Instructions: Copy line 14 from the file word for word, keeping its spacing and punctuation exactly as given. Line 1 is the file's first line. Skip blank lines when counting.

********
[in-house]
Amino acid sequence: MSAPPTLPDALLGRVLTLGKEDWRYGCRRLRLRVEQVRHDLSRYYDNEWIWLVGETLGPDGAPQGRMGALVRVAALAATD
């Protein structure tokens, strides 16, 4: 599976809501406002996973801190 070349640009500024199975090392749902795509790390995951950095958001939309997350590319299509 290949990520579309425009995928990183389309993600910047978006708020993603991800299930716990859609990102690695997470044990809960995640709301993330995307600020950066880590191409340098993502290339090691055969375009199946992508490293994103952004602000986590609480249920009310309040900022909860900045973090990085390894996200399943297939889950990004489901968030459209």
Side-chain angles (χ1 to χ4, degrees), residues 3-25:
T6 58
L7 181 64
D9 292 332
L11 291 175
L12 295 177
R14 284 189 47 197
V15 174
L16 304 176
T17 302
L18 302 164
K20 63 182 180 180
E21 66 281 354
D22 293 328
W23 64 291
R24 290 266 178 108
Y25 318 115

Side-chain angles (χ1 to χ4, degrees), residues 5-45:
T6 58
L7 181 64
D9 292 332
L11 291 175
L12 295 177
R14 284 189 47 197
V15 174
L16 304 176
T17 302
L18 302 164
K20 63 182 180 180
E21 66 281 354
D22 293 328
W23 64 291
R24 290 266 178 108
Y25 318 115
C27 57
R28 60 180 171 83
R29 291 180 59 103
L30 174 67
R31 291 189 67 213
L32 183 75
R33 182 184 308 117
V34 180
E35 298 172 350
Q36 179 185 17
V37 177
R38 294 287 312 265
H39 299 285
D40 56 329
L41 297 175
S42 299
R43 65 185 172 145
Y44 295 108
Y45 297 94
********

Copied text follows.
L18 302 164